The San Francisco Museum of Modern Art (SFMOMA) recently unveiled the preliminary design for its expansion that will double the museum's exhibition and education space while enhancing the visitor experience and more deeply weaving the museum into the fabric of the city.
The expansion will run contiguously along the back of the current building and extend from Howard to Minna streets, allowing for the seamless integration of the two structures. The new building will provide SFMOMA with a greater public profile and an openness that will welcome visitors and project the museum's role as a catalyst for new ideas, a center for learning, and a place that provides great art experiences for Bay Area residents and visitors.
On its east side, the building will feature a sweeping facade
and an entrance in an area that is currently hidden from public
view and largely unused. This will be achieved through the creation
of a mid-block, open-air, 18-foot-wide pedestrian promenade running
from Howard Street through to Natoma Street that will open a new
route of public circulation through the neighborhood and bring
Natoma Street, currently a dead end, to life. The public promenade
will feature a series of stairs and landings terracing up to an
entry court that extends from the new east entrance, providing
additional public spaces.
/Craig Dykers, Snøhetta principal architect
Our design for SFMOMA responds to the unique demands of this site, as well as the physical and urban terrain of San Francisco. The scale of the building meets the museum's mission, and our approach to the neighborhood strengthens SFMOMA's engagement with the city. Pedestrian routes will enliven the streets surrounding the museum and create a procession of stairs and platforms leading up to the new building, echoing the network of paths, stairways, and terracing that is a trademark of the city.
The building also introduces a facade on Howard Street that will feature a large, street-level gallery enclosed in glass on three sides, providing views of both the art in the galleries and the new public spaces.
At this time, the museum is also exploring the creation of a number of outdoor terraces, including one on top of its current building. The Snøhetta building will rise fifty feet higher than the Botta building, and its roofline will be sculpted to frame the skyline of the buildings beyond it to the east when viewed from Yerba Buena Gardens.
The new entrance will be accessible from both Howard and Natoma streets and will align with the new Transbay Transit Center being built two blocks east of the museum. This entry will complement SFMOMA's current Third Street entrance, which will be revitalized to enhance visitor flow and access.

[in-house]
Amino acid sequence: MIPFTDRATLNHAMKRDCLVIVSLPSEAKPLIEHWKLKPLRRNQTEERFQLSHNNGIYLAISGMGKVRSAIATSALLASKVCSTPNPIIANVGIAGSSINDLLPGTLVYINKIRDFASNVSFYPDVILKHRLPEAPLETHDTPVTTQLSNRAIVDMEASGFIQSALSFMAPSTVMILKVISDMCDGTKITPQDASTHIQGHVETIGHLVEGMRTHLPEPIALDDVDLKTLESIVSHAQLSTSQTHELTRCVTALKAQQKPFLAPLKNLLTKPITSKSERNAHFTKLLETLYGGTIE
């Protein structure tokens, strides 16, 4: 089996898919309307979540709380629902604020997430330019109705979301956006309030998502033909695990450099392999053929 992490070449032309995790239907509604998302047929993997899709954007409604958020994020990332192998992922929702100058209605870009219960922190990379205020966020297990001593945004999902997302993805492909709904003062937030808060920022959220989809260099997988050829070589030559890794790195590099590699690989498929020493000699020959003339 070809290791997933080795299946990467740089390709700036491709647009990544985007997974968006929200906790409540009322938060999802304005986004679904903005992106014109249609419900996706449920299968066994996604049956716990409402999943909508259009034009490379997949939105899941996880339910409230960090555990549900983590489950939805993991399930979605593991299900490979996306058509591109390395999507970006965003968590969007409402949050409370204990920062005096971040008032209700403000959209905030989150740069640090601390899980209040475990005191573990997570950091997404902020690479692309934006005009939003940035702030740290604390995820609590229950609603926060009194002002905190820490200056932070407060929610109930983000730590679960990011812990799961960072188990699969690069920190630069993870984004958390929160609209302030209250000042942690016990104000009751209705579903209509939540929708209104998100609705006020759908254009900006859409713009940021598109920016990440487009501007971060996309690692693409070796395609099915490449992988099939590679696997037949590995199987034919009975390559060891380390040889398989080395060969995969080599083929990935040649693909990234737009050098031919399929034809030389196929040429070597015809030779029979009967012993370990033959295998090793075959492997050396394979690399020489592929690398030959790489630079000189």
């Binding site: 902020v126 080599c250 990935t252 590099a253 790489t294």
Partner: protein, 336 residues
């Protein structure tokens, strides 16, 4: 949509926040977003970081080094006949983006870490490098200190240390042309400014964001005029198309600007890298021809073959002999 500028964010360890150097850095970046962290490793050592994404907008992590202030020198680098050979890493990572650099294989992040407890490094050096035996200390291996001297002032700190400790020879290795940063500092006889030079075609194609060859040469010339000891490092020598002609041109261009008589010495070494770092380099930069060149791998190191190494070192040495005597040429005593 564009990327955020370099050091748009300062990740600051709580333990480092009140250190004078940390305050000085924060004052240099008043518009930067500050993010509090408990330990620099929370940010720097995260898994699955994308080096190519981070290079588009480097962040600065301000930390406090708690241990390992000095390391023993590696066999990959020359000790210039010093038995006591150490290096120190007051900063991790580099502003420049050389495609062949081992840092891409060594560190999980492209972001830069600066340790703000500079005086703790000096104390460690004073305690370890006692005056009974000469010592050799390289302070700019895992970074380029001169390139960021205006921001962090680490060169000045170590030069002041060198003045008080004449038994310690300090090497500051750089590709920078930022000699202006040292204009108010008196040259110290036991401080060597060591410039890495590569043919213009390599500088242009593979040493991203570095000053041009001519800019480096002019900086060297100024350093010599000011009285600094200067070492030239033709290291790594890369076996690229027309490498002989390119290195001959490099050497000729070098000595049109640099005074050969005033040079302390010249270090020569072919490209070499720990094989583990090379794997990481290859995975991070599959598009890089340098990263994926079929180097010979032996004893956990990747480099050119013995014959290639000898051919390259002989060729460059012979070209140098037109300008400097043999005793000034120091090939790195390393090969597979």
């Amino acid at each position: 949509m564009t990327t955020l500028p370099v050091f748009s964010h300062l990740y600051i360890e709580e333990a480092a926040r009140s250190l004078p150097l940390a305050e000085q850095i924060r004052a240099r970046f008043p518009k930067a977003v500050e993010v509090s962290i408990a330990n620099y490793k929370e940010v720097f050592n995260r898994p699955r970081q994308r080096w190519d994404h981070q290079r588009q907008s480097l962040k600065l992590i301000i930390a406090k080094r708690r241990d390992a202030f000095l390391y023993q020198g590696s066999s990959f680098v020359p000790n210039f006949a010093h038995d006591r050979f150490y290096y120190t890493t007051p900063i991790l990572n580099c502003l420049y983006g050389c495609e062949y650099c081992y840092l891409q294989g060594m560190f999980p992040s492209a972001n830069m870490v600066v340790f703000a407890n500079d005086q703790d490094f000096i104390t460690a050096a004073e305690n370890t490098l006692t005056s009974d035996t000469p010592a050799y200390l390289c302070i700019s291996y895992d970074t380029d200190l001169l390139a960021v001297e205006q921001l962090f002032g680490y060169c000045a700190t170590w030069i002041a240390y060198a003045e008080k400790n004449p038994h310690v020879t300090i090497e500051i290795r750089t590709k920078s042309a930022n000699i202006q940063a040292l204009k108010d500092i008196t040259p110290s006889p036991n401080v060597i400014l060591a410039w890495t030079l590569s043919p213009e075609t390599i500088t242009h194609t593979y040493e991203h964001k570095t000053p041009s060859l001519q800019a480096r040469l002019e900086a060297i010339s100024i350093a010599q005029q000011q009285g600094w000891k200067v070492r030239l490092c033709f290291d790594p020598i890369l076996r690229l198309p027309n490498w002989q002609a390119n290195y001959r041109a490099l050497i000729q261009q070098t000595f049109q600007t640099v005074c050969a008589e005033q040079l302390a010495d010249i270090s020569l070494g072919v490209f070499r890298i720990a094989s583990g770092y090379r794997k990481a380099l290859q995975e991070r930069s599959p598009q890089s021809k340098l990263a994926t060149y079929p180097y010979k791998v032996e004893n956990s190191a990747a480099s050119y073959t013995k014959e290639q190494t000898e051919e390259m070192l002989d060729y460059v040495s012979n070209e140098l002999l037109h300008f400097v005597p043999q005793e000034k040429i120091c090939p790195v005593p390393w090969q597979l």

SFMOMA sparked the dramatic transformation of San Francisco's South of Market district when it transformed a run-down neighborhood into a cultural anchor for the city in 1995. After 15 years on Third Street, SFMOMA is now further invigorating the city by opening up a place that has been out of sight and out of mind.
SFMOMA's expansion will enliven the neighborhood through a generous plan that frees connections between well-known surrounding streets and more hidden urban spaces. The building will encourage people to enjoy the intimate small streets as much as the heavily used thoroughfares of the district. The new building does not push tightly against its property lines; instead it creates new public spaces and pedestrian routes through the neighborhood along with open views of the surrounding streetscape. By organizing the complex configuration of the museum's expansion site into a unified whole, the new SFMOMA will promote connections to portions of the city that are already becoming more publicly accessible with the construction of the new Transbay Transit Center. Having been a partner to the creation of the cultural hub around Yerba Buena Gardens, SFMOMA will now further enliven the entire neighborhood as an urban destination.
Formally, the new SFMOMA is designed to engage with the skyline that surrounds it. Its sculptural identity is found in a formal language that embraces and invites the silhouettes of its neighbors to participate in the dialogue of the new urban identity of South of Market. SFMOMA's new, low slung shape will create a horizon in the skyline that connects rather than segregates the different parts of the city that border it.
Facts about SFMOMA
Projected completion: 2016
Last updated: January 14, 2013